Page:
In-the-ear hearing aids

With in-the-ear hearing aids, also known as ITEs, the entire device sits in the wearer’s ear (see the figure below). These devices are custom made and require an earmold impression to be sent to a manufacturer.

Figure showing an in-the-ear hearing aid ©John Wiley & Sons, Inc.
In-the-ear hearing aid. Note: The amplifier and processor are encased within the body of the hearing aid just behind the microphone.

Popular smaller variants of the ITE are referred to as completely-in-the-canal (CIC; see the figure below). These styles are even smaller and, as the name implies, sit deeper in the ear canal. In fact, the CIC is essentially invisible and so small it requires an attached removal handle to get it in and out of the ear canal.

Figure showing a completely-in-the-canal hearing aid ©John Wiley & Sons, Inc.
Completely-in-the-canal hearing aid. Note: The amplifier and processor are encased within the body of the hearing aid just behind the microphone.

The primary purpose of the CIC is cosmetic. A major drawback is that the small size comes at the expense of power. These small hearing aids are intended for mild hearing loss and cannot address the needs of more moderate or severe loss.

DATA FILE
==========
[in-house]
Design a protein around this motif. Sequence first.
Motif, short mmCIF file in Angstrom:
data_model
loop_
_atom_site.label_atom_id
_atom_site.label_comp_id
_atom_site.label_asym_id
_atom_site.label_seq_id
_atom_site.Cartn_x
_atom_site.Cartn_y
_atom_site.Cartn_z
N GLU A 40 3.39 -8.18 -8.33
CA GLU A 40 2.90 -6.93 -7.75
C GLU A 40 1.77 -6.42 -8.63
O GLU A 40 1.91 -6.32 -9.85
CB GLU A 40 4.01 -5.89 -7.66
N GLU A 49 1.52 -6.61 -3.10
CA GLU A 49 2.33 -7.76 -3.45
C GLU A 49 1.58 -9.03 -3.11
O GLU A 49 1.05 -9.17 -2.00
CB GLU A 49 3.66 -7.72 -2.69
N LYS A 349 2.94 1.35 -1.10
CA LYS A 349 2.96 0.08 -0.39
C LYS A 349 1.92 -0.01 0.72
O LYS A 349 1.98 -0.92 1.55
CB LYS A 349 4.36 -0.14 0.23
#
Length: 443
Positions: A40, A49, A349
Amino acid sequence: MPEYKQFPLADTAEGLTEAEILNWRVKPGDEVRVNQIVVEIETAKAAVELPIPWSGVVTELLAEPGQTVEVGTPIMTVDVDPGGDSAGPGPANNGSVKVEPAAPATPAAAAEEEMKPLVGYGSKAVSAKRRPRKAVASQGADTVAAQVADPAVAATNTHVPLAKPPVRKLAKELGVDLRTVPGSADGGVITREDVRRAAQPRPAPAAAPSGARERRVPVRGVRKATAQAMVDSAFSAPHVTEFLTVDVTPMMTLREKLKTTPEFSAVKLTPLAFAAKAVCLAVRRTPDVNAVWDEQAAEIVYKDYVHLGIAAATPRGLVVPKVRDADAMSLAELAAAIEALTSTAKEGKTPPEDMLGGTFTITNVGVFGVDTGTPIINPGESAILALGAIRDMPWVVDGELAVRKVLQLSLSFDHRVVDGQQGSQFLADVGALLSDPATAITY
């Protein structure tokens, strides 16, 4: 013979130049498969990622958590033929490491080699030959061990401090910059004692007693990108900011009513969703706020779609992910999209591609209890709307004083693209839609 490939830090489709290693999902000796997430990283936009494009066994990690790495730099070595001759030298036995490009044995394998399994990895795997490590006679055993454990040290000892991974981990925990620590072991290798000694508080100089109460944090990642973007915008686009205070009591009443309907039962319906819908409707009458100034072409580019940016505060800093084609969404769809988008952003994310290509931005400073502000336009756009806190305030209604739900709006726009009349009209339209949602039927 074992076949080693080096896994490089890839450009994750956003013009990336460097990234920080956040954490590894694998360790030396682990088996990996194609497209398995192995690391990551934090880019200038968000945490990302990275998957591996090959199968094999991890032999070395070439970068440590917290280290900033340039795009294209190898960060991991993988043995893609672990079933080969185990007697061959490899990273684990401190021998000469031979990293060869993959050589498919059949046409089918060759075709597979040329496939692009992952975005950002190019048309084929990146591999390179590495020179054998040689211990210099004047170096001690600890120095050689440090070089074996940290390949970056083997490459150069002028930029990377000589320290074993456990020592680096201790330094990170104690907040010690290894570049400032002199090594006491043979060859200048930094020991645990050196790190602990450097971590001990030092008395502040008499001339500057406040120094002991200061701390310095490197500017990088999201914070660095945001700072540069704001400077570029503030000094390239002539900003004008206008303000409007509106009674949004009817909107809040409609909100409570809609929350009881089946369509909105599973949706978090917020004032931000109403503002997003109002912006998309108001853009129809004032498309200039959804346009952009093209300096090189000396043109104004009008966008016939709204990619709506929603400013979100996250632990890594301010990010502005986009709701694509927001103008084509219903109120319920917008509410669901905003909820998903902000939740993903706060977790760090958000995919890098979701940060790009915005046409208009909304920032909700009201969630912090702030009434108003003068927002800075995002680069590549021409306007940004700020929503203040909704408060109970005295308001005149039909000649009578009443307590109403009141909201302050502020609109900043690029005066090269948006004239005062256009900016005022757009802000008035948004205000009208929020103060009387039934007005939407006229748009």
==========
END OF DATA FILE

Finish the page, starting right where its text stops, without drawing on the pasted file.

The size of the CIC also limits the features available; CICs often can’t use advanced technology features like directionality. Some users who choose these styles become disappointed in their hearing aids and believe them to be ineffective when, in reality, these people have been fit with a hearing aid that is inappropriate for their level of hearing loss or hearing needs.

ITEs are a great option when the user has problems inserting and manipulating behind-the-ear–style hearing aids due to numbness in their fingers or arthritis. The custom shape of the ITE makes it somewhat easier to slip into the ear.

Pros and cons of hearing aid styles

Picking the right hearing aid for you requires checking out the pros and cons of each style of hearing aid. Take a look at the table below to see which style may be the one for you.

Hearing Aid Styles Pros and Cons

Type Used For Pros Cons
Traditional behind-the-ear All degrees of hearing loss from mild to profound Extremely versatile device with widest range of available features Relatively larger in size and most visible to the eye
Slim tube behind-the-ear Mild to moderate hearing loss with some flexibility to fit severe hearing loss depending on the specific device Less visible than traditional BTE and can use open domes for more natural sound Requires enough dexterity to manipulate smaller size than traditional BTE and doesn’t meet the needs of most severe and profound hearing losses
Receiver in the canal behind-the-ear Mild to moderate hearing loss Smallest BTE, clear sound from placement of speaker in the ear Most fragile BTE
In-the-ear Mild to severe hearing loss Custom fit that is easiest to use when wearer has limited dexterity Smaller size may limit a few features
Completely in-the-canal Mild hearing loss Nearly invisible Small size limits power and features like directionality